NZ eventing’s proving ground sets Kiwi stars on the path to glory

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Clarke Johnstone and Balmoral Sensation on the cross-country at New Zealand's National Eventing Championships at Arran Station. © Barbara Thomson Photography
Clarke Johnstone and Balmoral Sensation on the cross-country at New Zealand’s National Eventing Championships at Arran Station. © Barbara Thomson Photography

The outstanding performance of the New Zealanders at the Land Rover Burghley Horse Trials in England last weekend has reinforced their reputation as the world’s best cross-country riders, with all seven Kiwis in the top 13 of the 70 international starters at the prestigious English event.

Andrew Nicholson, making his return to elite 4* level following the career-threatening neck injury he had last year, was second on Nereo, his bronze medal ride at the London Olympics, behind young Australian star Chris Burton on Nobilis 18. This was Nereo’s third time as runner-up, Nicholson having previously won three times on Avebury.

International eventing’s husband and wife duo, Jonelle and Tim Price were third and fourth on Classic Moet and Ringwood Sky Boy respectively. Jonelle further enhanced her tag as “fastest woman in the world” by having the fastest round of the competition in a repeat of their World Games performance in France two years ago.

Former Burghley winner Caroline Powell, returning after a broken leg, was eighth on the promising Onwards and Upwards, ahead of Sir Mark Todd, who has won Burghley five times on five different horses, on his London bronze medal horse, NZB Campino, in ninth place.

Blyth Tait (NZL) and Bear Necessity. Burghley Horse Trials 2016 - © Mike Bain
Blyth Tait and Bear Necessity at this year’s Burghley Horse Trials. © Mike Bain

Former World and Olympic champion Blyth Tait, on the comeback trail, was 11th on Bear Necessity V, and Dan Jocelyn, also a former NZ team member, was 13th on Dassett Cool Touch. All completed clear cross-country rounds over a tough course on which no-one finished inside the time. Only 40 horses completed the cross-country, twenty-four24 of these with clear rounds.

Central & Southern Hawkes Bay Eventing’s venue Arran Station, the Silver Fern Farms property at Takapau, has hosted five of these seven Kiwis during their early days, before they moved to the mecca of eventing in the UK. Andrew Nicholson went aged 18 (he is now 55) before the course was established, and South Islander Caroline Powell also left in her teens having not competed outside the “mainland.”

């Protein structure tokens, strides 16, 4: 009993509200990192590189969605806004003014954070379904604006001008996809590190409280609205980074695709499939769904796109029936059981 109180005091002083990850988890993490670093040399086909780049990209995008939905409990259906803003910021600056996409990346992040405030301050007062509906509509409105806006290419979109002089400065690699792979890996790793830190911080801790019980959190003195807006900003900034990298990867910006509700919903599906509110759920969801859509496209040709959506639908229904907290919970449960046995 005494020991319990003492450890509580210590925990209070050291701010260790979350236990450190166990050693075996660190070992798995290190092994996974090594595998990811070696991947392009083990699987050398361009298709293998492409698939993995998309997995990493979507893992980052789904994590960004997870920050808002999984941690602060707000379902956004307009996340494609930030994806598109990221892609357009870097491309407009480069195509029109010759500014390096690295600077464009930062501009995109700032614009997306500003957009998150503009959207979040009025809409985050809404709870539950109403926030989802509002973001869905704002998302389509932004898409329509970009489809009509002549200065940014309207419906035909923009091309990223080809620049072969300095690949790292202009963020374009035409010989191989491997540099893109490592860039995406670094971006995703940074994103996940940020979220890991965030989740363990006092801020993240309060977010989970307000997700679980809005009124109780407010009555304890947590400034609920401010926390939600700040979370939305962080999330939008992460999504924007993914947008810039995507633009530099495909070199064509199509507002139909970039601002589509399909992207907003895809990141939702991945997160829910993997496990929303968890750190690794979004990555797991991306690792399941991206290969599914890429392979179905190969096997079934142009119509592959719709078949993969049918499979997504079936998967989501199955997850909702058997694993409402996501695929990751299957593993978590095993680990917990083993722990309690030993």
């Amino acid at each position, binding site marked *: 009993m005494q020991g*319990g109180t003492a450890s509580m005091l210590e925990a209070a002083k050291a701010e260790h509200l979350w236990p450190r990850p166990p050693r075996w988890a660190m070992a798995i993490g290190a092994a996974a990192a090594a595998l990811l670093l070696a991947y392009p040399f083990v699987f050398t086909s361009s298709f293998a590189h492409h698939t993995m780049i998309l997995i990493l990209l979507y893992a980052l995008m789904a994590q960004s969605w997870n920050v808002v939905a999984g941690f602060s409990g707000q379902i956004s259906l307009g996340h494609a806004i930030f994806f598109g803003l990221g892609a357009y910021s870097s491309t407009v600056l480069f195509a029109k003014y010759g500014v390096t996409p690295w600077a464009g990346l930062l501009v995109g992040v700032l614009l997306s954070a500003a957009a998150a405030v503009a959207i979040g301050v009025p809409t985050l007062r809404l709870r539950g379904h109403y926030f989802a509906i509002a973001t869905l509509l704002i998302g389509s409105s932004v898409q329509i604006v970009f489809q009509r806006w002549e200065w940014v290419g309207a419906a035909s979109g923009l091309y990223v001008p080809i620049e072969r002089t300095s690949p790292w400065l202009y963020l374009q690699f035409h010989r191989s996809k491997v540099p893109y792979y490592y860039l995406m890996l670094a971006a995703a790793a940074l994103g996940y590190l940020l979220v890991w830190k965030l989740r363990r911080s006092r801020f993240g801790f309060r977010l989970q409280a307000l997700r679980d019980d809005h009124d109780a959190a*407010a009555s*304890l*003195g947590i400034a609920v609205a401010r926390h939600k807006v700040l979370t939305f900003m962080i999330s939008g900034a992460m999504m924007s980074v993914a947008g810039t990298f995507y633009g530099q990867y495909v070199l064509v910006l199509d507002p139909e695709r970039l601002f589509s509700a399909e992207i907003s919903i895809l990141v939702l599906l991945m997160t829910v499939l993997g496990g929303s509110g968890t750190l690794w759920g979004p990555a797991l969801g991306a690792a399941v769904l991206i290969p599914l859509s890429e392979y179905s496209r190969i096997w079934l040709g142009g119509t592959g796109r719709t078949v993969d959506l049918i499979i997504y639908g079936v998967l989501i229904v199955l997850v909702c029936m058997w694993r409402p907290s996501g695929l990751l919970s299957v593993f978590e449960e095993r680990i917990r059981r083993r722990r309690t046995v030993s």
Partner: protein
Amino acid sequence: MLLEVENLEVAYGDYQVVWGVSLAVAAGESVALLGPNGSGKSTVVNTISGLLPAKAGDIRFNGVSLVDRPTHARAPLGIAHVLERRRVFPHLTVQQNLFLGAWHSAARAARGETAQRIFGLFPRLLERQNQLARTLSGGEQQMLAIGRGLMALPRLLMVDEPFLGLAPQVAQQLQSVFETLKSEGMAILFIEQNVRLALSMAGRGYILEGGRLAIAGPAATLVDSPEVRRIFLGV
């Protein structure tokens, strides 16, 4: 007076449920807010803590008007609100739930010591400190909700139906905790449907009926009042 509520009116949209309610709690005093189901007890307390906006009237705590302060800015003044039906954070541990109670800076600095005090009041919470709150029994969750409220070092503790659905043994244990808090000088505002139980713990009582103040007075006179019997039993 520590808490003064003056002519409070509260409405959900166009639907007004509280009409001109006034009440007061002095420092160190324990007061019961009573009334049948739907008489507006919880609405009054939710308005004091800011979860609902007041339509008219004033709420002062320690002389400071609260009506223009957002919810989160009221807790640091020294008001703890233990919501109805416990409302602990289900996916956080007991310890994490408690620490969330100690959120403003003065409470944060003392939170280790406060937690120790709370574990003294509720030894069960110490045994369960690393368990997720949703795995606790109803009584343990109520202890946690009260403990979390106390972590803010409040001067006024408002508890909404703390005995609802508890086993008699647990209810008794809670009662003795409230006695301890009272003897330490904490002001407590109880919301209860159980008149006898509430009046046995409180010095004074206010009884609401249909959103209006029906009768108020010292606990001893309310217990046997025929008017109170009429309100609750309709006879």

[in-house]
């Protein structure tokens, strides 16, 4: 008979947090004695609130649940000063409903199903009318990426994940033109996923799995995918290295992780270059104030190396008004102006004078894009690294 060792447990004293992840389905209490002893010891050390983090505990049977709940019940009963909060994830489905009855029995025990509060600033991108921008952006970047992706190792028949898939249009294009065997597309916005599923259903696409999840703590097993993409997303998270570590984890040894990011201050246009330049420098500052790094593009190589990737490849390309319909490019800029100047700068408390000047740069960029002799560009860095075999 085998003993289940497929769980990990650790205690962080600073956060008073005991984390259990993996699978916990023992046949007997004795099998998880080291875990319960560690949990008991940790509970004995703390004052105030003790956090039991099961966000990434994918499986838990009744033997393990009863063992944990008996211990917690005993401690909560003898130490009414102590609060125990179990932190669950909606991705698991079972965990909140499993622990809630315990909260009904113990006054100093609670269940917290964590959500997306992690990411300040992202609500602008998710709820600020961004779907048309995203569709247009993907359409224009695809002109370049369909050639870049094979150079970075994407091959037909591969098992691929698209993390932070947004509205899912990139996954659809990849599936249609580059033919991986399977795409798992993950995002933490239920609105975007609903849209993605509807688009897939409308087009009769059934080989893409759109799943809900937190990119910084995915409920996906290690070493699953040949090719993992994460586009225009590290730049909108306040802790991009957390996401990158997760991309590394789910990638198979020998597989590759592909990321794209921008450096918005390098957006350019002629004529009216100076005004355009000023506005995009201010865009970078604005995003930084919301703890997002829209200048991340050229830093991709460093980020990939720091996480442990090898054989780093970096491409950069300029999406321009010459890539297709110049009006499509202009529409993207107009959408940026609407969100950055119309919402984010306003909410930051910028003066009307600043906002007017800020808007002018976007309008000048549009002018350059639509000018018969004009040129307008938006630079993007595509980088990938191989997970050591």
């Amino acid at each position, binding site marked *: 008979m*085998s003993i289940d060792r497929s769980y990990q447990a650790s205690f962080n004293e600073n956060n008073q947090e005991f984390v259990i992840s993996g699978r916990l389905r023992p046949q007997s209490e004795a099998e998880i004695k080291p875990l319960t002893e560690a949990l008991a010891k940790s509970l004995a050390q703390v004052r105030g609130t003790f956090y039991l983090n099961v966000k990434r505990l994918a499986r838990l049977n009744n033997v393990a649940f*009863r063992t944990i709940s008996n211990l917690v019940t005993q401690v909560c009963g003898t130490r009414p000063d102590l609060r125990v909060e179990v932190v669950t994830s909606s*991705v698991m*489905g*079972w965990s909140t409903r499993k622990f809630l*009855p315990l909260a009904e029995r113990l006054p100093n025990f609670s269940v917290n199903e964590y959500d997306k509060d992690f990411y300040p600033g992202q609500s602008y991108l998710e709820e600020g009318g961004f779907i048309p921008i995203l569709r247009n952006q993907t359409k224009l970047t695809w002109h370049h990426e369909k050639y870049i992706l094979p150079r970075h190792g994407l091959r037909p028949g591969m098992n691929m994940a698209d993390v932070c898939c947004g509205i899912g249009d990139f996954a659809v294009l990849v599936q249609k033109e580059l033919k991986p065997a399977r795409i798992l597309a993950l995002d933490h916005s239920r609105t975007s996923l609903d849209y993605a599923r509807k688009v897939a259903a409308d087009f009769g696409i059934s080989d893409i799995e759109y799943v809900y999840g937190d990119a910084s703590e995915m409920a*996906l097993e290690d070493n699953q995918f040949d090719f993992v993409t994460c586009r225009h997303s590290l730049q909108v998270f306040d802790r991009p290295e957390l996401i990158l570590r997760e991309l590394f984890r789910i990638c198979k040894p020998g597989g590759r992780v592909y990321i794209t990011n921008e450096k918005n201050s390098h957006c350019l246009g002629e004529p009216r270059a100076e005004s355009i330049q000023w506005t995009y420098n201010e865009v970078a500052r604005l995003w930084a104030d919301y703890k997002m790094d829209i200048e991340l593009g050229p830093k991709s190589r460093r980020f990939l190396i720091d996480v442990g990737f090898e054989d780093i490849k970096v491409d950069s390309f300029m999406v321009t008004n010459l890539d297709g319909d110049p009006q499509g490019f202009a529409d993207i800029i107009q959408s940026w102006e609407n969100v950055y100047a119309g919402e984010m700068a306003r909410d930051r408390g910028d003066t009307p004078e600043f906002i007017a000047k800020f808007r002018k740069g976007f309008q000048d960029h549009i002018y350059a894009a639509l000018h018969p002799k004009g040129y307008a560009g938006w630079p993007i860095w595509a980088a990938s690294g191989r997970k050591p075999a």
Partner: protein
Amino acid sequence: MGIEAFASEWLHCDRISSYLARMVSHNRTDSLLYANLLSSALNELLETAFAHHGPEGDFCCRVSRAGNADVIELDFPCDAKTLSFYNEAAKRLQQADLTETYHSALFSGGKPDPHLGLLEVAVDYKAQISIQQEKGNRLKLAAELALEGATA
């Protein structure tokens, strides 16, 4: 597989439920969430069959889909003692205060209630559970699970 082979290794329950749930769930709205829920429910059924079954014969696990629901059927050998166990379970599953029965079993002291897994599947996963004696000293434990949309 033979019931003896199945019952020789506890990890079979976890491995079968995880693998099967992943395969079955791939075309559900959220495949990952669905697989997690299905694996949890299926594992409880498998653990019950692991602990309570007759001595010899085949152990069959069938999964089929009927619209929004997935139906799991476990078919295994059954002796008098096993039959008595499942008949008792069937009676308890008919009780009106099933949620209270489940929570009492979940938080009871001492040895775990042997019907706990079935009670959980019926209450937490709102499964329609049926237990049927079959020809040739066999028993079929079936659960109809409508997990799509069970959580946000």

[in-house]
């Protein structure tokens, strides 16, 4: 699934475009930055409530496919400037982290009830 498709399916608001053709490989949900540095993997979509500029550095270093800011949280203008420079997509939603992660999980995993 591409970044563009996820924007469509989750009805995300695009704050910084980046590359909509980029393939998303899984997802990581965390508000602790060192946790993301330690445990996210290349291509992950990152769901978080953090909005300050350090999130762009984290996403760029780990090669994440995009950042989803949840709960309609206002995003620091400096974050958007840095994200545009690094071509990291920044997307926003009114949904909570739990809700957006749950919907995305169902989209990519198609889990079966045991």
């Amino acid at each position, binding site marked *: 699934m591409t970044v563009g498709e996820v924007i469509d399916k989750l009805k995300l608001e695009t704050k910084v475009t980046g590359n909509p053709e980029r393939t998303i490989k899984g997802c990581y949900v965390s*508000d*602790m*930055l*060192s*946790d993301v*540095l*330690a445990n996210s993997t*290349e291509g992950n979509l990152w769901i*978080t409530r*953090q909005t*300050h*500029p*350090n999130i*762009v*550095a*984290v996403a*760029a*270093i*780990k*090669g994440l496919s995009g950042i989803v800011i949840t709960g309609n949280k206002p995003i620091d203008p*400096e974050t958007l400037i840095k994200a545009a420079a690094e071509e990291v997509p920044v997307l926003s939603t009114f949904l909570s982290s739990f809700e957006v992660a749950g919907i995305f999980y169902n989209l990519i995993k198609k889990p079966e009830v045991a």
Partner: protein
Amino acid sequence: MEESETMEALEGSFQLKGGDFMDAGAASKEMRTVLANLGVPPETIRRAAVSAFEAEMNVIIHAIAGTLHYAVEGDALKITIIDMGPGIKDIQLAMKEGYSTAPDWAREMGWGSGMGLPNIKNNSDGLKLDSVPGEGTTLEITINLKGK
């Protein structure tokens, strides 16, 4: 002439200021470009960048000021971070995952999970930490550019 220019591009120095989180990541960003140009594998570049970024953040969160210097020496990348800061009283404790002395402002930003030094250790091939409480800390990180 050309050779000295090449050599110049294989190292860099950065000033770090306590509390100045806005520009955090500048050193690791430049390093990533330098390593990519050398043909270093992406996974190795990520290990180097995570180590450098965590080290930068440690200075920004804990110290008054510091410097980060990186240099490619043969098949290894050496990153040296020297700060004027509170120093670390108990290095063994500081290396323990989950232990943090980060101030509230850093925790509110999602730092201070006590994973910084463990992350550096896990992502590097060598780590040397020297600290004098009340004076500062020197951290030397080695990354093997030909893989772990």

Tim and Jonelle Price made the long trip from the South Island to compete at Arran Station regularly, while Sir Mark gained qualifications there when he made his return to the sport before the Beijing Olympics. Dan Jocelyn competed there as a youngster, while Blyth Tait attended events there in his capacity as team manager during his retirement.

The latest FEI World Rider Rankings, based on international events during the previous 12 months, so including the Olympic Games, confirms Kiwi riders place on the world stage. Michael Jung (GER) has an unattainable lead of 711 points, ahead of Chris Burton (AUS) on 549, and Phillip Dutton (USA) on 536.

Mark Todd (AUS) and NZB Campino - Burghley Horse Trials 2016 - © Mike Bain
Mark Todd and NZB Campino at this year’s Burghley Horse Trials. © Mike Bain

Sir Mark Todd is fourth on 499, Tim Price seventh on 445, and Clarke Johnstone has rocketed up to ninth, after placing sixth at the Olympic Games, on 427. Andrew is 12th on 382, Jonelle 13th on 375, and Katharine Van Tuyl is hanging in at 29th place with 292 even after the off season here.

Clarke Johnstone is back in New Zealand, although Balmoral Sensation is still in England, having to do two months quarantine there and a month in Australia before returning home. So they will not be defending the top title at the National Eventing Championships at Arran Station next month, but Johnstone will be competing at other levels.

One thought on “NZ eventing’s proving ground sets Kiwi stars on the path to glory

  • September 9, 2016 at 9:16 pm
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    You do have great cross-country riders, and right now Jonelle is the very best. Now we need to have the cross-country carry more weight in this sport. We need to induce the FEI to reduce the distribution of dressage scores (their standard deviation) by about one third. Also in cross-country we can increase the significance of speed by upgrading the value to 1 fault per second over time AND minus 1 fault per second for riding under time. (So the time set has no significance since it is your time relative to your competitors that counts.) The length of the cross-country course also gives it more weight in the scoring: putting it back to about 8 km for four star courses will do the job (which is about what it used to be). These two changes, speed and distance, will enlarge the distribution between scores in cross-country and correct the current oppressive focus on dressage and show jumping in this sport. We have a huge fight ahead of us to achieve it.

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